The primary care provided by both NHS and private providers to many people aged over 50 fails to meet basic standards – especially for the old and frail, research has claimed.
Quality shortfalls were found in areas including osteoarthritis, incontinence and osteoporosis, according to a research paper published in the British Medical Journal.
The team from the University of East Anglia also found that doctors paid particular attention to conditions where assessments earned them extra money, including heart disease, diabetes and high-blood pressure.
Scores on the quality of care ranged from 83% for heart disease to 29% for osteoarthritis. Overall, only 62% of the care recommended for people aged 50 and over is actually received in England, the research found.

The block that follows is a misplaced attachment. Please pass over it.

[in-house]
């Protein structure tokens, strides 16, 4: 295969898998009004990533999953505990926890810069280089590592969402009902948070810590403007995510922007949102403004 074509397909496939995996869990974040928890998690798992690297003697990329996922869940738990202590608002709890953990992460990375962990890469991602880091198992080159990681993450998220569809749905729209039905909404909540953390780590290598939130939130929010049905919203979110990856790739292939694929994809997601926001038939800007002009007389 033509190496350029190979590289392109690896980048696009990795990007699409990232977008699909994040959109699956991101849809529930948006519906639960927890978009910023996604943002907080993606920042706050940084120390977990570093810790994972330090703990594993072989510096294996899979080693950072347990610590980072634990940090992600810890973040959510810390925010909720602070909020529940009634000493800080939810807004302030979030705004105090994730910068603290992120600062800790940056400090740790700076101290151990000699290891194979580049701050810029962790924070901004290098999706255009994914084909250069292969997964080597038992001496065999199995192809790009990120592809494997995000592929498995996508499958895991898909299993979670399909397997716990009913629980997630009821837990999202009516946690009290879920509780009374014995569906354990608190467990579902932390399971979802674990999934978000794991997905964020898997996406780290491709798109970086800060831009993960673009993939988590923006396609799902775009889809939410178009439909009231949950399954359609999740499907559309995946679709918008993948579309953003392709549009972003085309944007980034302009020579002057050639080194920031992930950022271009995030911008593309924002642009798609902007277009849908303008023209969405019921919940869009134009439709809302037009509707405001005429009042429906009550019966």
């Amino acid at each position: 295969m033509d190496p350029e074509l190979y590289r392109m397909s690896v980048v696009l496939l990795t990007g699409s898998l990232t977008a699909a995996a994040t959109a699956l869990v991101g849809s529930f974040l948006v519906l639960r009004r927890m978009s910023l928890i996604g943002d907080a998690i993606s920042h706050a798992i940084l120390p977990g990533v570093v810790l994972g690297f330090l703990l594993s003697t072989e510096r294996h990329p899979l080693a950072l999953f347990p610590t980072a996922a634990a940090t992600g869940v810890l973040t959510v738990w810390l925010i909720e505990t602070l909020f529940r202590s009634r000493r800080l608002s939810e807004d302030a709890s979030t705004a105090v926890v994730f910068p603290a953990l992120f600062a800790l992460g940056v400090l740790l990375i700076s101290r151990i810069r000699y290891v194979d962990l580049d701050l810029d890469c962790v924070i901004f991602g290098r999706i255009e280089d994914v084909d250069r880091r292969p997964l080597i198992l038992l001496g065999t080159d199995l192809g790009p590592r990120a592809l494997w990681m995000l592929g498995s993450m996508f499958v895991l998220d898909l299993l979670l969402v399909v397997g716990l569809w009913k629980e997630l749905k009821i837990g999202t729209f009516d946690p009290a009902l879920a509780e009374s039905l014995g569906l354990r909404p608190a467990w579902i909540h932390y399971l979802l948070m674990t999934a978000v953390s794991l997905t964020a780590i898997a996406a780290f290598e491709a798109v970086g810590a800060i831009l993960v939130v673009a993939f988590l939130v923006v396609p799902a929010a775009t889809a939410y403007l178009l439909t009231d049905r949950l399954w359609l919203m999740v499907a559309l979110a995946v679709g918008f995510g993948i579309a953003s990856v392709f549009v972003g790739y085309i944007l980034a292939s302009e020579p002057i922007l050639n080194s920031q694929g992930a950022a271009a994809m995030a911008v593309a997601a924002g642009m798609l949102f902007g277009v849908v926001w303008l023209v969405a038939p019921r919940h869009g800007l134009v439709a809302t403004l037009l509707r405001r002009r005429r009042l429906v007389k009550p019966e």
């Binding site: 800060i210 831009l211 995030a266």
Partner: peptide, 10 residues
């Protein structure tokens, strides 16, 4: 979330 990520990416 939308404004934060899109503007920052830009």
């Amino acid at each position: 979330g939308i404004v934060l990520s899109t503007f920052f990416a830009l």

The study, which involved 8,688 people, examined 13 different health conditions including heart disease, diabetes, stroke, depression and osteoarthritis.
The researchers found that substantially more care was provided for general medical conditions (74%) than for geriatric conditions (57%), including falls, osteoarthritis, urinary incontinence, cataract problems, hearing problems and osteoporosis.
Conditions that come under the Quality and Outcomes Framework (QOF) – which incentivises GPs – received better attention.
In 75% of such cases, people got the right treatment, but only 58% of correct treatment was received by people with conditions not covered by the QOF.